The big but however is that the RAN is welded at the hip to the USN and will want to stuff the ship full of US compatible weapons and equipment as well as local equipment for good and logical reasons. Will the T26 design allow that without costing a fortune? That goes to how the ship is designed. Does it matter to the UK, well spreading class cost over several users might be the difference between gettin 12, and getting 8.

Rocket Banana

ACC,

So if you add your ship numbers together you see that the numbers are actually decreasing – i.e. an investment in smaller numbers of larger ships, which is the current trend is it not?

There should always be a market because of the ~1000 ships you mention about 30 need replacing every year. The trouble I see is that most countries can build their own. They have access to the Internet too. There a precious few secrets on how to build a 5000t escort ;-)

martin

@ ACC – The problem is now that most nations who consider buying new want to build it themselves. I can’t think of a new build major surface combatant built in the UK since we sold T42 to Argentina. I think the T26 may be able to generate foreign orders but it will never be more than a handful.
@ Simon – Not sure what a strike ship is but T45 has space for 16 strike length silos between the A50 launchers. Each silo only cost around 500 K so the fact that these have yet to be fitted suggest to me there is additional pressure from the Treasury. We only keep a stock of around 60 TLAM’s and the contingency budget pays for any used.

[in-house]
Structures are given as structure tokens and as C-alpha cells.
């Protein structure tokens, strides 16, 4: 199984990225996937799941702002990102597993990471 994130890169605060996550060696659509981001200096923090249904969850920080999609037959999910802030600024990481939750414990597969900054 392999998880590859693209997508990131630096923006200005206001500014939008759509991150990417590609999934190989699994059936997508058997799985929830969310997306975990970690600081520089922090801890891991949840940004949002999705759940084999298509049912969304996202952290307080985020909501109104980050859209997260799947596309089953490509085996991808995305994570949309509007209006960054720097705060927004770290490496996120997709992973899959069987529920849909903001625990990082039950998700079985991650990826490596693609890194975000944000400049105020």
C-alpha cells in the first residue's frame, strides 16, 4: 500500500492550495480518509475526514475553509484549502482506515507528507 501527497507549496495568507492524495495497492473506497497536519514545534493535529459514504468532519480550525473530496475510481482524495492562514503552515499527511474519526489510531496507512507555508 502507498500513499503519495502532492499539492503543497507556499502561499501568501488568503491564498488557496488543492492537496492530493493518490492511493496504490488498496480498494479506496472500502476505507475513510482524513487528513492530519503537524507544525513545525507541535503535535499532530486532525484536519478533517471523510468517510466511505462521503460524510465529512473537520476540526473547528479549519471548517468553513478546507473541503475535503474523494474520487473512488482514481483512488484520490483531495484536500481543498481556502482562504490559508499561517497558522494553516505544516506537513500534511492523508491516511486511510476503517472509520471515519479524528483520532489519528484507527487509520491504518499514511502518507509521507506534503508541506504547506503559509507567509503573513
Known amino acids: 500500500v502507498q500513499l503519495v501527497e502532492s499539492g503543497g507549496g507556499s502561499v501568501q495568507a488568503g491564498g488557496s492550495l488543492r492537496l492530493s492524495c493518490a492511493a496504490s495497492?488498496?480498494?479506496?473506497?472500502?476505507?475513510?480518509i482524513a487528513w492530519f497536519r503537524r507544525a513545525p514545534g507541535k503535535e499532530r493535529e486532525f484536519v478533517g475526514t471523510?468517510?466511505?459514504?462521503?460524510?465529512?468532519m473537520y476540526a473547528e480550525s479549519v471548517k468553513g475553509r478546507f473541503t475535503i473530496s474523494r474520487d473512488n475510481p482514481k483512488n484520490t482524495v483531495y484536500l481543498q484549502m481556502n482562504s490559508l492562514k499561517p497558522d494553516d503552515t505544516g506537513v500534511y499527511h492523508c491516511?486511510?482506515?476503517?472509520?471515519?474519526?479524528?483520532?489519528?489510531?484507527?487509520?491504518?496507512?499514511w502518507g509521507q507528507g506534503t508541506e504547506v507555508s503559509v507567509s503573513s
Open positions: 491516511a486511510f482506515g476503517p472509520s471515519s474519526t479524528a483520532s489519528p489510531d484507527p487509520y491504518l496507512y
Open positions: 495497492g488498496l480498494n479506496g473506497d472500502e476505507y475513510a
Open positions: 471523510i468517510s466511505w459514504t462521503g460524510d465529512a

The treasury is quite happy for us to fire a few on the first night so we can grab the headlines of British and American warships firing TLAMS but they don’t want us making a real contribution.
You are correct that T26 will probably only ever launch these as part of a task force but if that task force does not contain US vessels then we may not have the ability to launch enough missiles for SEAD or other opening night missions.
I am all for Brimestone or Hellfire on Lynx but it’s no substitute. I think being able to launch a barrage of 100 missiles on the opening night as with Libya is a capability we should aspire to. It really would not cost very much especially if we put the launchers on the T26 and T45.

martin

@ Aussie – I think you are right about previous UK designs but I think the T26 make a real change. The RAN needs ASW capabilities and its a field the US has all but abandoned. I can see the RAN buying LCS or Burke. The ability to use Mk41 VLS on the T26 means that it can take any US weapon. It would probably be relatively easy for BAE Australia to build it as well. I am still surprised Australia has not signed up as a joint development partner but I think this is more to do with budget reasons than operational issues.

Tubby
Tubby

RE: Strike length tubes on T45,